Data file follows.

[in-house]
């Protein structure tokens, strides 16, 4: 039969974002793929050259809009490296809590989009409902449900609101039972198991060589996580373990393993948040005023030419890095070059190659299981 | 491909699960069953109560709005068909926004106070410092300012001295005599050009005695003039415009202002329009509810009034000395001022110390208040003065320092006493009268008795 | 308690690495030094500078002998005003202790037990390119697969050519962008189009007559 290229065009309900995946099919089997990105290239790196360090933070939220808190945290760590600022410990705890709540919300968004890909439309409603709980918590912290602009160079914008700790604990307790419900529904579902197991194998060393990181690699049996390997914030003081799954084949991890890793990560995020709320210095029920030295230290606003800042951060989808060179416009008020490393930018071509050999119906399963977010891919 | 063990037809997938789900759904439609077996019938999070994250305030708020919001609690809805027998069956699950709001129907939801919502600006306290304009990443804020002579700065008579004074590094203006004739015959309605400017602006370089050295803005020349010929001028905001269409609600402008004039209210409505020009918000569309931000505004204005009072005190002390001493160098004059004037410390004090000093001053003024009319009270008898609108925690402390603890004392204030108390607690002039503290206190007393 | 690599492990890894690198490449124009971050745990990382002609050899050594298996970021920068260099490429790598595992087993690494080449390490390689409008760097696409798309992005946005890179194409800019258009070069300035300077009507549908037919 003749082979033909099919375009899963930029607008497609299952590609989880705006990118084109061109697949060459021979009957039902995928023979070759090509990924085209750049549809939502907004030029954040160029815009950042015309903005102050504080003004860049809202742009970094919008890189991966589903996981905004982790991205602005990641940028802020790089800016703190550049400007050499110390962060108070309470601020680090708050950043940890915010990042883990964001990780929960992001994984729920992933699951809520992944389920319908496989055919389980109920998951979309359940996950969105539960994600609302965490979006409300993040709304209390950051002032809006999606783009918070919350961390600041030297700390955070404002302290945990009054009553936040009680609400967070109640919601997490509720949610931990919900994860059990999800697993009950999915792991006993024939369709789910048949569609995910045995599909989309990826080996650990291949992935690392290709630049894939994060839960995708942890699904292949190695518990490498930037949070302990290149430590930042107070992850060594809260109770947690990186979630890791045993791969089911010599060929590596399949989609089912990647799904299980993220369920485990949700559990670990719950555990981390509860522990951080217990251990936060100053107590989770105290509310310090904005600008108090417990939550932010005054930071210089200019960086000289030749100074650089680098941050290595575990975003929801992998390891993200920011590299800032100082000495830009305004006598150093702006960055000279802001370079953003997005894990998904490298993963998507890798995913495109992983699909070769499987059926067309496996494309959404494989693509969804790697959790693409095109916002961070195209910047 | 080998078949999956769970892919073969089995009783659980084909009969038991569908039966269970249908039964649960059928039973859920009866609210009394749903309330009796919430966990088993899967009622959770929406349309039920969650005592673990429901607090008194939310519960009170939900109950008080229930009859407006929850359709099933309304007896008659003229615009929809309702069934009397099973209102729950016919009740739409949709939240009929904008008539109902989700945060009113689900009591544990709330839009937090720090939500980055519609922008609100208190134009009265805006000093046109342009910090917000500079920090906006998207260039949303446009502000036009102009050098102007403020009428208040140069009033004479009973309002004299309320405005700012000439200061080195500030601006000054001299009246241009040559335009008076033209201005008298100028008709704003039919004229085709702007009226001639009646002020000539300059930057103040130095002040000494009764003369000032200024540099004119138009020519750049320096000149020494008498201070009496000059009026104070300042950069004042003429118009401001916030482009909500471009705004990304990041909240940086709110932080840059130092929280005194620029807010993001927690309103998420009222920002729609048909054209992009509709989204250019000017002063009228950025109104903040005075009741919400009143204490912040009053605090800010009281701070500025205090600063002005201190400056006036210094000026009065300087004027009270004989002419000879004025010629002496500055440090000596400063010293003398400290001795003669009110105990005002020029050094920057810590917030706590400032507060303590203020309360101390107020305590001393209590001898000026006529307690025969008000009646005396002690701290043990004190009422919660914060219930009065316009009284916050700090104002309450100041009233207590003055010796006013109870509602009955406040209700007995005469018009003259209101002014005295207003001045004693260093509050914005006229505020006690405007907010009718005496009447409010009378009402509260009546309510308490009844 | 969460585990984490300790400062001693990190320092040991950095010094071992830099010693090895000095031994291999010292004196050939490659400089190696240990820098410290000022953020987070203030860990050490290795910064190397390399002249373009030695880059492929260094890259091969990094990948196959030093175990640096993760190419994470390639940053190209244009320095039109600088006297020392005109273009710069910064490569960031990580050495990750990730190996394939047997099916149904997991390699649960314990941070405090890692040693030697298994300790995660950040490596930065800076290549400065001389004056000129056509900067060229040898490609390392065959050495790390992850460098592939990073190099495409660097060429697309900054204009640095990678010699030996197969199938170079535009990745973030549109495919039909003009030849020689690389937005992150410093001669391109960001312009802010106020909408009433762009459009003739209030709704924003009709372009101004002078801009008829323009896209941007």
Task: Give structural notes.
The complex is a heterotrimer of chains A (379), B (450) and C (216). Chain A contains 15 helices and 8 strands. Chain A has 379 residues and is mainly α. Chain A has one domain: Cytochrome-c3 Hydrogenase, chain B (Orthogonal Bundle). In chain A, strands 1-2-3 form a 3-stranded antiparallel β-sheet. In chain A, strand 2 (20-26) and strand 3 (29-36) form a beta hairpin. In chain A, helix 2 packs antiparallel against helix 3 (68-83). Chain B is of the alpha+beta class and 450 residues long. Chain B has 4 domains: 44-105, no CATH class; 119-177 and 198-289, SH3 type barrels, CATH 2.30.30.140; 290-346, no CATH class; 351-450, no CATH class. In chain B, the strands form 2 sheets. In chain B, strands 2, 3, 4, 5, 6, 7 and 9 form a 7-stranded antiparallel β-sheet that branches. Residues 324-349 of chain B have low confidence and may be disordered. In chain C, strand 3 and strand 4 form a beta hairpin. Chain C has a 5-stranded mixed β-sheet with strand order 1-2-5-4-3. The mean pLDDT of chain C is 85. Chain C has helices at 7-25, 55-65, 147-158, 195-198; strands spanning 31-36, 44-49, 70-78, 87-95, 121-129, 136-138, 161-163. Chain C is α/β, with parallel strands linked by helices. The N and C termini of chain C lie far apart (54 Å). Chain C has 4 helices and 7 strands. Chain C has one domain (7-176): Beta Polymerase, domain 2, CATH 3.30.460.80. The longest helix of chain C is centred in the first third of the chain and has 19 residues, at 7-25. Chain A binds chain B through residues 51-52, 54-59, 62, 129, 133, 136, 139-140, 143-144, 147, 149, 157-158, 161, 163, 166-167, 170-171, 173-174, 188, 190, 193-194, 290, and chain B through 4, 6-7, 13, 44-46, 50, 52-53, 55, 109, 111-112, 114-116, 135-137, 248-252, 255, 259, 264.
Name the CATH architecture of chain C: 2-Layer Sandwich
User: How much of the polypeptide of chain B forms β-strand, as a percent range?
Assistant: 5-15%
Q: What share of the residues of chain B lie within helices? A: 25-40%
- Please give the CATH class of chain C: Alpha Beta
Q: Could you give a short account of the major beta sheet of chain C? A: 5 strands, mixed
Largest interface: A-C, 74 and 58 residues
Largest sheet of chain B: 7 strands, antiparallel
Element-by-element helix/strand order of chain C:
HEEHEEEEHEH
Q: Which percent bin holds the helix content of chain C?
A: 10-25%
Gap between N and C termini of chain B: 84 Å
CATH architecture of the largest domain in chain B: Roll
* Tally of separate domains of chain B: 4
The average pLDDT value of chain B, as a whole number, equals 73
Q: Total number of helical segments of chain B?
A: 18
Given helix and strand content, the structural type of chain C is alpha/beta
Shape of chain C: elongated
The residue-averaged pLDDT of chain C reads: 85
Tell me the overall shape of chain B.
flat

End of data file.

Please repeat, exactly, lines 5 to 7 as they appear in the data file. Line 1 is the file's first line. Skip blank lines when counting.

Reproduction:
Name the CATH architecture of chain C: 2-Layer Sandwich
User: How much of the polypeptide of chain B forms β-strand, as a percent range?
Assistant: 5-15%